Strategy Pattern in Golang

Srinjoy Santra
4 min readFeb 20, 2021


Usually I find technical books very dry, but Head First Design Patterns was awash with funny anecdotes and eye-grabbing illustrations. It felt a good place to start learning design patterns though it may miss out on more intricate details. The code examples are in Java. I recently started learning Go and chose it to implement the strategy pattern.

Strategy Pattern

According to the book,

The Strategy Pattern defines a family of algorithms, encapsulates each one, and makes them interchangeable. Strategy lets the algorithm vary independently from clients that use it.

Okay, that did not make much sense to me at first too. Let’s try to understand through the problem statement.

The problem statement

We are told to design a duck pond simulation where different species of ducks exist. They can have a variety of swimming styles, flying abilities and sounds.

Requirements keep on changing, but finally we have four types of ducks.

Four types of ducks!
  1. Mallard Duck:
  • Which is actually a kind of duck species.
  • It can fly.
  • It makes a quack sound.
  • It can float.

2. Redhead Duck:

  • Which is actually a kind of duck species.
  • It can fly.
  • It makes a quack sound.
  • It can float.

3. Rubber Duck:

  • Which is the kind of yellow rubber ducks we see in bathrooms!
  • It can NOT fly.
  • It makes a squeaking sound.
  • It can float.

4. Decoy Duck:

  • Which is the kind of wooden ducks showcased in your living rooms!
  • It can NOT fly.
  • It does NOT make any sound.
  • It can float.

Thought process

  • Our initial instinct is to make a class of Duck, which has the functions of fly, quack and swim.
  • Subclasses Mallard, Redhead, Rubberand Decoycan inherit the behaviours from Duck.
  • Rubber and Decoy will override the default fly and quack behaviours to do nothing. Which do not make much sense!
  • We change our approach to have Flyable and Quackable interfaces, which the individual subclasses may choose to use.
  • We can implement the behaviours, inside the respective classes, but that will lead to repetition. e.g. Both Rubber and Decoy ducks cannot fly. So, it is better to have a FlyWithWings class (for Mallard and Redhead) and FlyNoWay(for Rubber and Decoy) implement the Flyable interface.
  • Similarly, for Quackable interface we make classes based on types of sound made.
  • The final solution (shown below) can appear over-engineered for the simple use case but helps a lot in flexibility for more bigger applications.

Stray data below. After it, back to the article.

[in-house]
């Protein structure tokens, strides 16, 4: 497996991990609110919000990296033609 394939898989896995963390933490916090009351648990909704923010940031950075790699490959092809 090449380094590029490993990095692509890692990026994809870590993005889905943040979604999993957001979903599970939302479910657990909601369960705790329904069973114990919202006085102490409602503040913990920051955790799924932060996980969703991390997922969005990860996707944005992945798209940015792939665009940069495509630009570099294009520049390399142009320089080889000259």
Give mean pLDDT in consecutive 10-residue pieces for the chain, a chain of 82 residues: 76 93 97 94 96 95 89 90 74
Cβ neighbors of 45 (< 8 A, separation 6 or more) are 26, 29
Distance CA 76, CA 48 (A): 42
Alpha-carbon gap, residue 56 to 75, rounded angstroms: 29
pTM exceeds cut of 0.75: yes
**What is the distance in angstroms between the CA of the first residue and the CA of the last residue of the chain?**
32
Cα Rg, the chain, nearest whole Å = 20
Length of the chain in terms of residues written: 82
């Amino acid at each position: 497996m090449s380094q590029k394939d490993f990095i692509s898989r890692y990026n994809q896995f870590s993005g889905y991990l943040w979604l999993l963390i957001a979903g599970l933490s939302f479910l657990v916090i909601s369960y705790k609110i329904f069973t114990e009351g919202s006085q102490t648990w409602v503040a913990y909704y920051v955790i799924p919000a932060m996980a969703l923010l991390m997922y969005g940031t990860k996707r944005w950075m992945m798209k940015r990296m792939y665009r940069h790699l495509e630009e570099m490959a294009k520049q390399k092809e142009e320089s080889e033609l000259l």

• To enable switching behaviours at run-time (dynamic dispatch), we add two setters setQuacker and setFlyer to the Duck class.
  • In the book, a new type of Duck is introduced whose flight is powered by a rocket.
  • I took creative liberty, to instead have Donald Duck, the cartoon character. As far as I remember he can’t fly despite having 2 wings (hands?). He mutters “Aw, phooey!”, in his quintessential tone.
Photo by Kin Li on Unsplash

UML Class Diagram

class diagram as shown in ‘Head First Design Pattern’ book
Class Diagram showing the use of strategy pattern (Source: Head First Design Patterns)

FlyBehaviour has been renamed to Flyer; likewise for QuackBehaviour.

Language specifics

Golang is not a pure object-oriented programming language. However, we can use the language constructs to implement strategy pattern and can benefit from it.

There is no concept of class. A struct can have fields (data members). Interface can declare functions which need to be implemented by the struct.

Setter is NOT considered an idiomatic Go approach. In the code, I have shown use of both a setter and a direct member access of a public field.

The Code

Dynamic Dispatch in Golang

The output of the following code is

I'm a duck.
utils.Duck{flyer:utils.Flyer(nil), Quacker:utils.Quacker(nil)}
utils.Duck{flyer:utils.FlyNoWay{NoOfWings:0}, Quacker:utils.MuteQuack{}}
<< Silence >>
utils.Duck{flyer:utils.FlyNoWay{NoOfWings:2}, Quacker:utils.Speak{Speech:"Aw, phooey!"}}
Aw, phooey!

The complete code can be found in my Github repository.


This pattern “Favours composition over inheritance” which is in alignment with Golang’s philosophy (inheritance is not supported).

Some interesting design principles which came up

Identify the aspects of your application that vary and separate them from what stays the same.

Program to an interface, not an implementation.

Do you see a mistake in there? Mention in the comments.

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I’m Srinjoy Santra, currently a SDE-1 at BookMyShow. You can connect with me on LinkedIn, visit my Github account, or follow me on Twitter.